Grinding automotive cams?
It really is far too early for me to consider actually doing anything like this, but I'm curious about whether or not it's something I might eventually be able to do at home...
I'm curious about the process of grinding my own cams. Setting the intricacies of cam profile design aside for the moment, I really want to know what machinery/attachments are necessary to do the job. The reason I ask is that I own a car which aftermerket cams are almost completely unavailable anymore.
Anybody know what's involved, what kind of machinery, etc? I honestly have no idea if it's just a matter of having a lathe/mill with the correct attachments, or if there's some obscure proprietary machinery out there that does nothing but grind cams...
Effectively grinding an automotive camshaft is not something that can be done with normal home shop machines and common attachments. There are, of course, specialized machines for this and I feel sure some people have designed and made their own. The machines are not terribly complex but careful work would be needed to get the needed accuracy and versatility. They have an oversize master cam that rotates in step with the camshaft with a follower and linkage that moves either the camshaft or the grinding wheel back and forth as they rotate. They also have some method of precision indexing the camshaft to grind each cam in the proper angular relationship. And, of course, they have a method of moving the lengthwise positioning of either the camshaft or wheel.
Thanks for that. I figured that was the case but would rather ask to be sure. I know one person with the ability to grind cams. Unfortunately he's in Sweden and has health problems these days. I've been holding onto the faint hope that I could either work toward doing the cams myself or finding an experienced home machinist who could make a set to my specs....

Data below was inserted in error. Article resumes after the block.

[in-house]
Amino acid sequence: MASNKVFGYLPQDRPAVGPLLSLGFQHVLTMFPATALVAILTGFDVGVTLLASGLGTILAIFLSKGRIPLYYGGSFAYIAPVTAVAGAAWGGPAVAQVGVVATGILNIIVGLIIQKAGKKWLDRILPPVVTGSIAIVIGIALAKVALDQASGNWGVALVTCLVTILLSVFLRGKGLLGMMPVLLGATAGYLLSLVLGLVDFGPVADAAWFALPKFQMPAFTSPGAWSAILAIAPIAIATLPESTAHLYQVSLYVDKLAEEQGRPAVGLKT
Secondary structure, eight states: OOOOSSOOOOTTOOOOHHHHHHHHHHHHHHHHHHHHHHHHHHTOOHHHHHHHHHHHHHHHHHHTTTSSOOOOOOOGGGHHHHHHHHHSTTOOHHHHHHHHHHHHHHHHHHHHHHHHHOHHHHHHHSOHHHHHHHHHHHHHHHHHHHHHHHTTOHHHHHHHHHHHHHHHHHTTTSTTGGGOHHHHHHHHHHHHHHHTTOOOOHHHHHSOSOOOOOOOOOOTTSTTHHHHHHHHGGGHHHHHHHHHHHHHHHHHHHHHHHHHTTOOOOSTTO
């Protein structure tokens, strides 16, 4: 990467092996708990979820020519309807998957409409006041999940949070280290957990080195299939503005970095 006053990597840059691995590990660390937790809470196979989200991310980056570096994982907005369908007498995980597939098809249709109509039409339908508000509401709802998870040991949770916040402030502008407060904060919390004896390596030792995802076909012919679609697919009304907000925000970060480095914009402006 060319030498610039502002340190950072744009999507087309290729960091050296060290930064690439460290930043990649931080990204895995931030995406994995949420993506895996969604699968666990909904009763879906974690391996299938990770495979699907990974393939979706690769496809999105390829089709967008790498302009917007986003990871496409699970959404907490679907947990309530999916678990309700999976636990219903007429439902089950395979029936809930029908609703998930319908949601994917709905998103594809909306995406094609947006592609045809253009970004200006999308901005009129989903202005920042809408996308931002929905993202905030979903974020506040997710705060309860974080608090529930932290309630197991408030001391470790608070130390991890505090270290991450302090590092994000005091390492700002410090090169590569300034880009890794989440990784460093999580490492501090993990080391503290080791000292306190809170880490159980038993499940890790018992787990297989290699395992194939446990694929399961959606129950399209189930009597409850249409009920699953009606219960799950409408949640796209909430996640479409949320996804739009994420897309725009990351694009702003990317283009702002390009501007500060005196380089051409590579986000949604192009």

Oh well. Not like I don't have a million other things to keep me busy anyway. Thanks again.
http://www.youtube.com/watch?v=MVGbJ7F3Ias is good plus there are several more in the same neighborhood.
Thanks RWO, seeing the machines helped... Looks as if the old fashioned hand ground cams were sometimes done on a standard lathe with a special attachment that held a small articulating grinder or belt sander and the template; but I couldn't find a detailed enough shot of the machinery (the camera always focused on the cam itself) to tell for sure.
Like I said, even under the best circumstances I'm a long long way from attempting anything that complex. But its fun to think about.
Honestly a more likely solution for me is to find cams from another engine with the same valve spacing (actually pretty common since the cosworth engine I'm playing with is the grandpa of most pent roof 4 cylinders) then modify the bearings and cam drives to fit. Even that's a back burner project though.
Last edited by hal9000; 04-27-2012 at 01:35 PM.
During my lunch break I did some "eyes closed" brainstorming and came up with what I thought might be a workable design. Then for giggles started googling terms like "antique cam grinder" and "grinding cam on a lathe" just to see what I could find....
Here's where I eventually landed. Just thought I'd share since it's a subject that's been covered before. Turns out that what I came up with isn't that earth shaking. I'm still a little weak on translating the terminology to a good mental image. But from what I can tell, I think this thread describes the same thing what I was thinking of (look at post #6). Makes me feel pretty good to know that I'm not too far off the mark in terms of figuring the "how" part out. And that others have gone the DIY route with some success.
Edit: I also found this article about offset grinding a cam for a scale model engine. Seems interesting and I'm sure it could be scaled up.
Really, I'm just being nerdy now....
Last edited by hal9000; 04-27-2012 at 01:34 PM.
I guess the next question would be what material?